A.J. Jacobs on The Moth podcast – Double Exposure - Live in Wonder


A.J. Jacobs on The Moth podcast – Double Exposure

women’s trash mags

I could go on about why I think most women’s magazines are trash, but I’ll try to keep it brief.

Social expectations are defined by headlines that scream:
“Dumped for being too fat!!!”
“(She) is now totally unrecognisable!!!”
“Shock weight loss!!!”
And unfounded “Baby bump!!!” announcements.

Which are then followed up with inane promises like:
“Flatten your abs!!!” (um, really? Is that how these things work?)
“Look better naked!!!” (“better” being…?)
“Get back in shape!!!“ (what’s wrong with the shape we are currently?)
“Slimmer! Fitter! Sexier!!!” (all things being equal, right?)

women's trash mags

This is thinly-disguised as advice, which lures vulnerable and insecure people (mainly women) to cultivate self-loathing. All for commercial gain.

It’s time it break down these unreasonable and unnecessary expectations and change the script. American journalist A.J. Jacobs had an eye-opening experience that flipped the narrative, which he shares in the podcast below.

A.J. Jacobs gets an unwanted modelling gig.

A.J. Jacobs is an American journalist, author, and lecturer. He is also known for subjecting himself to lifestyle experiments and reporting his findings in books and essays. I’ve listened to many interviews where he talks about experiments such as Radical Honesty, The Year of Living Biblically, Drop Dead Healthy, and his latest one Thanks a Thousand.

He is currently an editor at large for Esquire men’s magazine. In 2007, A.J. had first-hand experience in sexual objectification, thanks to Mary Louise Parker, when he was assigned to be an editor for an essay of the actress’s choosing. Hoping to impress his boss, he was thrilled when she agreed to pose for a nude photograph. However, it came with a stipulation: that he, too, would have to pose nude for the publication.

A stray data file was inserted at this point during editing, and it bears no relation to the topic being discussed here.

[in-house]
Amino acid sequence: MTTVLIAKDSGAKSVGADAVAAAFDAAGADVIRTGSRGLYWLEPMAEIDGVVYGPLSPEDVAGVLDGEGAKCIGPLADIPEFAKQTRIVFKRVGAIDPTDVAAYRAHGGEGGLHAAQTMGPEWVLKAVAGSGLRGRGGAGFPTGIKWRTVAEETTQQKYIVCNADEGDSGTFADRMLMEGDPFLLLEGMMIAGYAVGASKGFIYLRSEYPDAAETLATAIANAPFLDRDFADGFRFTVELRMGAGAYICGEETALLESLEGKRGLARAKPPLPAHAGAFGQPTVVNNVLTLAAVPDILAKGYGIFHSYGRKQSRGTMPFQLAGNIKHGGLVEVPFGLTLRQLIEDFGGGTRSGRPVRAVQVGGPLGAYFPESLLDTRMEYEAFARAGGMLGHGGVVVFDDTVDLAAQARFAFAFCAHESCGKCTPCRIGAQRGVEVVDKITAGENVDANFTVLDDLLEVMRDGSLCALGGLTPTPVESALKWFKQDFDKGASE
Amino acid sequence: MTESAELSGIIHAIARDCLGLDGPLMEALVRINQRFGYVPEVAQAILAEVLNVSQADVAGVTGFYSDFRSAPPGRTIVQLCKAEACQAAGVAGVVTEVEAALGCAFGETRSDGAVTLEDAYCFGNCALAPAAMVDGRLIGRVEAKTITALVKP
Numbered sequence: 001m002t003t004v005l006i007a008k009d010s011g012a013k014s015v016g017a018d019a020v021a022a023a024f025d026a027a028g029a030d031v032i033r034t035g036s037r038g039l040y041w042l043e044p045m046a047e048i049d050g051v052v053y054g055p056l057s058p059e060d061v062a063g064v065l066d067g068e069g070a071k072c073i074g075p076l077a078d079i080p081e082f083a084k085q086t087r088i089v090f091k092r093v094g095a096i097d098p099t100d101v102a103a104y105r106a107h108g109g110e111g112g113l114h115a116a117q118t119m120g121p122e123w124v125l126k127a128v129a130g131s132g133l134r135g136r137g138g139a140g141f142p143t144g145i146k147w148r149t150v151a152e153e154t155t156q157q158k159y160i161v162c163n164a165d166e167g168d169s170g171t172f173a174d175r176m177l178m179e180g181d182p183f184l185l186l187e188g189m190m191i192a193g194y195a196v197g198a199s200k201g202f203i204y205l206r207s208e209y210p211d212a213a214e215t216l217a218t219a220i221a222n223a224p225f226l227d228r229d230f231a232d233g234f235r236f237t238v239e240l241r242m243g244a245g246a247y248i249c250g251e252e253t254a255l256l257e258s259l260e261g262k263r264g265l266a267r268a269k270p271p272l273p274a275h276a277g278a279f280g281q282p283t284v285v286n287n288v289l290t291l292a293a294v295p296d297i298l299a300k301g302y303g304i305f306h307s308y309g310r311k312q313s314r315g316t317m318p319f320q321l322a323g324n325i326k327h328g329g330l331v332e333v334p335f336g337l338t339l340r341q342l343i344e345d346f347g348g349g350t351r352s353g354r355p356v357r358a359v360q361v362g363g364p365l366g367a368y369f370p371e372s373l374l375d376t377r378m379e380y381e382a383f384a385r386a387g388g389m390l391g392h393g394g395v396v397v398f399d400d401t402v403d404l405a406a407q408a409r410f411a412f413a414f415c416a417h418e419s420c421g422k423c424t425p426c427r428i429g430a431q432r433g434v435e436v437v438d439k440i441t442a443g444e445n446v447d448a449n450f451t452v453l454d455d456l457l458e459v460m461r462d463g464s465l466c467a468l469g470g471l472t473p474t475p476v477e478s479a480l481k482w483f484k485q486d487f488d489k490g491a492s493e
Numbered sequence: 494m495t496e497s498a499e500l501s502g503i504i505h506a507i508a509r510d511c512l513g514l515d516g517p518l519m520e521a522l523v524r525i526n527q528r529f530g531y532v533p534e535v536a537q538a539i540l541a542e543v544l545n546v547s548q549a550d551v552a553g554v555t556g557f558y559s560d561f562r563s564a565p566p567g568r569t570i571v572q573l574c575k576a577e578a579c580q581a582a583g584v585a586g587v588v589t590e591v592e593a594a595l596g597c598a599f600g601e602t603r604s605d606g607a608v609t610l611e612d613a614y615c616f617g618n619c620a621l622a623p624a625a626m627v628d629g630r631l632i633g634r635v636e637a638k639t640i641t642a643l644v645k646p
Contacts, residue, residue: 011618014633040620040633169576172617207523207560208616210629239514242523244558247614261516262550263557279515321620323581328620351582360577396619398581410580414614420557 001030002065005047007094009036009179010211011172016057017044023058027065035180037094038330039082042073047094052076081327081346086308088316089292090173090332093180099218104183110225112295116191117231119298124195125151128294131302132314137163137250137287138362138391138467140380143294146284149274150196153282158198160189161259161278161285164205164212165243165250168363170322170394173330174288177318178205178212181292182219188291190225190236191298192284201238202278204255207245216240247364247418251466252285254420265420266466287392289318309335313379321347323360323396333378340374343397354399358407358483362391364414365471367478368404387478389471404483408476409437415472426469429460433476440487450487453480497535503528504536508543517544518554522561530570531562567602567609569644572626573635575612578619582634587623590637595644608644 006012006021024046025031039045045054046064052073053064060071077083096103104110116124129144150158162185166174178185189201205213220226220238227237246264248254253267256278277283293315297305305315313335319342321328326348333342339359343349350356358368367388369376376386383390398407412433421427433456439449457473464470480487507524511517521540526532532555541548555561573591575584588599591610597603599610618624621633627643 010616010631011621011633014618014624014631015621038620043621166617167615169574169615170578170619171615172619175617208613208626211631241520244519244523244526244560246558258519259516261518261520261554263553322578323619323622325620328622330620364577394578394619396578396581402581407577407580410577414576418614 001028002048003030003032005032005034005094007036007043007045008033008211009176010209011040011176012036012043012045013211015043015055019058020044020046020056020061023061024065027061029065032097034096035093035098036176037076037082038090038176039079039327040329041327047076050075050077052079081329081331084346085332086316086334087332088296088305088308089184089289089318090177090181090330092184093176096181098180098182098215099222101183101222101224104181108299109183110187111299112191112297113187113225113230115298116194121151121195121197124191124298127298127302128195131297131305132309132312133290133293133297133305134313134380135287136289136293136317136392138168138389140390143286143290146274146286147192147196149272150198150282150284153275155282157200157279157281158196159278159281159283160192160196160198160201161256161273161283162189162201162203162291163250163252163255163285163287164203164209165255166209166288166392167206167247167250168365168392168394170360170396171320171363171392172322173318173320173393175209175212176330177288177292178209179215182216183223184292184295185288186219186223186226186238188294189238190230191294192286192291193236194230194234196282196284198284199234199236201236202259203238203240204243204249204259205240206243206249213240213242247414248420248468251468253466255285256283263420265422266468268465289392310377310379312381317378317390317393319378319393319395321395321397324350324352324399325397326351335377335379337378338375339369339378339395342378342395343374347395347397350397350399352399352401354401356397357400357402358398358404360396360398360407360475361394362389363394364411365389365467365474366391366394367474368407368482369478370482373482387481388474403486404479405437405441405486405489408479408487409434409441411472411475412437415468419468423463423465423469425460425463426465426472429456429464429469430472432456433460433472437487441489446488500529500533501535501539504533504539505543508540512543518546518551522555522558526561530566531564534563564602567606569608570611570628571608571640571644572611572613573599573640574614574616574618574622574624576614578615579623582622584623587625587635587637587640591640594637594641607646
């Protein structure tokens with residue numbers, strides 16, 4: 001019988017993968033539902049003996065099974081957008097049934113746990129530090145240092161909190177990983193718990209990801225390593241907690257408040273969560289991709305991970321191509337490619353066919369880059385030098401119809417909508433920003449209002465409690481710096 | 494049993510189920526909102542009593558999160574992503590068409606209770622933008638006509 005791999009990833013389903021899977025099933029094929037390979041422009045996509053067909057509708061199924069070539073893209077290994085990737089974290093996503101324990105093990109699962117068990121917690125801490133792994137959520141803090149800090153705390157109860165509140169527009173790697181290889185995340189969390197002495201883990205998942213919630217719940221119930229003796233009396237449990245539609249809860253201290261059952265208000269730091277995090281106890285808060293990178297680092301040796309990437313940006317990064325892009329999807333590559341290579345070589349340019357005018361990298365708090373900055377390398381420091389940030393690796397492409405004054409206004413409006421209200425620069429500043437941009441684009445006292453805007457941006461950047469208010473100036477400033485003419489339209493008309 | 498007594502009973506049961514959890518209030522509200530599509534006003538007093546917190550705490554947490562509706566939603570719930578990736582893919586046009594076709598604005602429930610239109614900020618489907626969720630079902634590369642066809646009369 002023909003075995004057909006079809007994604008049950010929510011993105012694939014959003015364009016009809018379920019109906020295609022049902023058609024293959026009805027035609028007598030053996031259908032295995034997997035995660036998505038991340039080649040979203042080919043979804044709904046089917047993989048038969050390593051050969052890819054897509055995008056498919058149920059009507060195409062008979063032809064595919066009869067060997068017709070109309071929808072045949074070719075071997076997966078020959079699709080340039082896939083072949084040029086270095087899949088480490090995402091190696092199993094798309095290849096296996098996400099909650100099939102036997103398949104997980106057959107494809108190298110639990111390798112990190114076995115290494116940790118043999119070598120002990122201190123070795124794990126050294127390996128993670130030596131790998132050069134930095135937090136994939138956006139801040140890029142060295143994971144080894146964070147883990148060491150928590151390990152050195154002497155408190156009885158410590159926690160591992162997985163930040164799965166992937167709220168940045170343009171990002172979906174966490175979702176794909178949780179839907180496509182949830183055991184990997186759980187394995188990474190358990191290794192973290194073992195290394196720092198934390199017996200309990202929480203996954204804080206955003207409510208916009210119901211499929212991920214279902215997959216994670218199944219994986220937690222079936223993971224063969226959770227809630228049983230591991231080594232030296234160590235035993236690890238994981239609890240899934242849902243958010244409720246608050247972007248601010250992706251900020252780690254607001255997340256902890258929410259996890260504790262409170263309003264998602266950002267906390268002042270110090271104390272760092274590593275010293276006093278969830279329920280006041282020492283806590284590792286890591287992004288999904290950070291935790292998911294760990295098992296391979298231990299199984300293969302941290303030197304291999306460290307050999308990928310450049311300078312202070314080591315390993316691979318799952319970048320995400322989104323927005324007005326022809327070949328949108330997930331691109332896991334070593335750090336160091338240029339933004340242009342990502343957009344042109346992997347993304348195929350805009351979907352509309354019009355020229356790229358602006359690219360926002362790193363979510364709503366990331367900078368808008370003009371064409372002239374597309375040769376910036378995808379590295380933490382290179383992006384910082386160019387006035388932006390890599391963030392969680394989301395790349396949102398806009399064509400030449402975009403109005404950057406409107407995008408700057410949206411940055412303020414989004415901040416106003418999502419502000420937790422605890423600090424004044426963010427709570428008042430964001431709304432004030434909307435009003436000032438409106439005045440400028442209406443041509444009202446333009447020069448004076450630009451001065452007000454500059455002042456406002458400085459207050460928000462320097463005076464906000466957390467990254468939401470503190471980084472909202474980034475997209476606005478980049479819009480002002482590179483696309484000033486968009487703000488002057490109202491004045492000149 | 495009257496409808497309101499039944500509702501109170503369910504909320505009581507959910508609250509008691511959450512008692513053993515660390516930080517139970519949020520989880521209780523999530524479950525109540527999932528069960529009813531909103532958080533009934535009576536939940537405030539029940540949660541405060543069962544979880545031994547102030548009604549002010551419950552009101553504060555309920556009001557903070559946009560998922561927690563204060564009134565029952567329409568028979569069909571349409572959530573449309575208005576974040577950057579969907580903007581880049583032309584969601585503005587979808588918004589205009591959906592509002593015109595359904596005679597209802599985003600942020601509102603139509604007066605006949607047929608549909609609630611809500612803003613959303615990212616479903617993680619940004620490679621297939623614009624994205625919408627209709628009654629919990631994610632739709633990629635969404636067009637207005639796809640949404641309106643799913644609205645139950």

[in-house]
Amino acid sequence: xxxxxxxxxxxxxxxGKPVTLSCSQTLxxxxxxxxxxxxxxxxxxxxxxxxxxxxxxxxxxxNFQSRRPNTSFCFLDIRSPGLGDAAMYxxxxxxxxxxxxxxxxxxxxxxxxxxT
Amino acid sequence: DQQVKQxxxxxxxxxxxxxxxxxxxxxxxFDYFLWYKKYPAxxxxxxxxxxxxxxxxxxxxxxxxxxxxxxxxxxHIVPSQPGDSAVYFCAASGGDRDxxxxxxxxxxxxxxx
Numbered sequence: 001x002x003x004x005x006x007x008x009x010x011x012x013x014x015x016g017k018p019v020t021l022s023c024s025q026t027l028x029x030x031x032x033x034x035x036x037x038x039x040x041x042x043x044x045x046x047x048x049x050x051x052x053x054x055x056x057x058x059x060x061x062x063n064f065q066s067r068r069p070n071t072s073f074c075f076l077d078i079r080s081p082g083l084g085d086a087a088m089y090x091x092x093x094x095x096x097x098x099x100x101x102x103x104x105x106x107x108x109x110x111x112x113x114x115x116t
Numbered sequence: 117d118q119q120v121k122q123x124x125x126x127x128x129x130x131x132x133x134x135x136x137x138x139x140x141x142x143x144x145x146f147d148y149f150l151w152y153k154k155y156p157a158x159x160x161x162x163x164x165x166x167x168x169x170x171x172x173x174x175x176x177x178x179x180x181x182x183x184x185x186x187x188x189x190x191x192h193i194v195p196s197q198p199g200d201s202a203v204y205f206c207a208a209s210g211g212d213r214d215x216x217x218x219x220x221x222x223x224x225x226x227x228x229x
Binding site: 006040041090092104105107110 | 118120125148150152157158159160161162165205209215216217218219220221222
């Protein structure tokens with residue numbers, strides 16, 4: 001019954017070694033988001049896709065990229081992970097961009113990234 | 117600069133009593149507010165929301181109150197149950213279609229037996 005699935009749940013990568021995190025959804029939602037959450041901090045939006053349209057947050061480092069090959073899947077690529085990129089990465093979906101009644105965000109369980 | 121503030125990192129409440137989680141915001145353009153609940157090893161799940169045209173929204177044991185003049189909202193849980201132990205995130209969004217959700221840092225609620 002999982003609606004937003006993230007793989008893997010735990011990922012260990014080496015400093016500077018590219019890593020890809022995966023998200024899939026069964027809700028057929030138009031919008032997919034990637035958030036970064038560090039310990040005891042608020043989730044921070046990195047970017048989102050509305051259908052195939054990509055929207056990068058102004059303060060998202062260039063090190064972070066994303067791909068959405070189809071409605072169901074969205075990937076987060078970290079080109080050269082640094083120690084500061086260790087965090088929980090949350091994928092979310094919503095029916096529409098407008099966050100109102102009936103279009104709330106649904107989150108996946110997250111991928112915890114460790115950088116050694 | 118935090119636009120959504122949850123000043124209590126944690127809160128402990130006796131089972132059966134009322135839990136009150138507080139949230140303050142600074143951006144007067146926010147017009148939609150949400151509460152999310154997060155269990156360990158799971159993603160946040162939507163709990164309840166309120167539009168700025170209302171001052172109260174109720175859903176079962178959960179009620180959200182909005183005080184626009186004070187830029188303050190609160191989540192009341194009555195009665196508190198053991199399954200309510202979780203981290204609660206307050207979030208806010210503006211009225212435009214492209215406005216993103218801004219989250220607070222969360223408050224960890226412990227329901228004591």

A.J. recalls his experience in hilarious detail and explains what he learnt in the process; from insecurity about his body, to feeling an invasion of privacy. He describes his “concave chest” as “handy when taking a bath” but “not for human consumption”.

Yet, beneath the layers of humour, it’s interesting to consider both sexual objectification and expectations for how bodies “should” look — whether self-imposed or defined by societal demands. And then perpetuated by women’s trash mags. These insecurities can play out not only in nakedness, but also when wearing regular clothes and walking down the street.

Listen to the 13min 29sec podcast here.

A.J. Jacobs on The Moth

Read the Esquire article here.

For more information about A.J. Jacobs’ experiments, here’s a talk he did at Google. 47mins.

Alissa Smith

Alissa is a yoga teacher, graphic designer, and creative writer based in Auckland, New Zealand.

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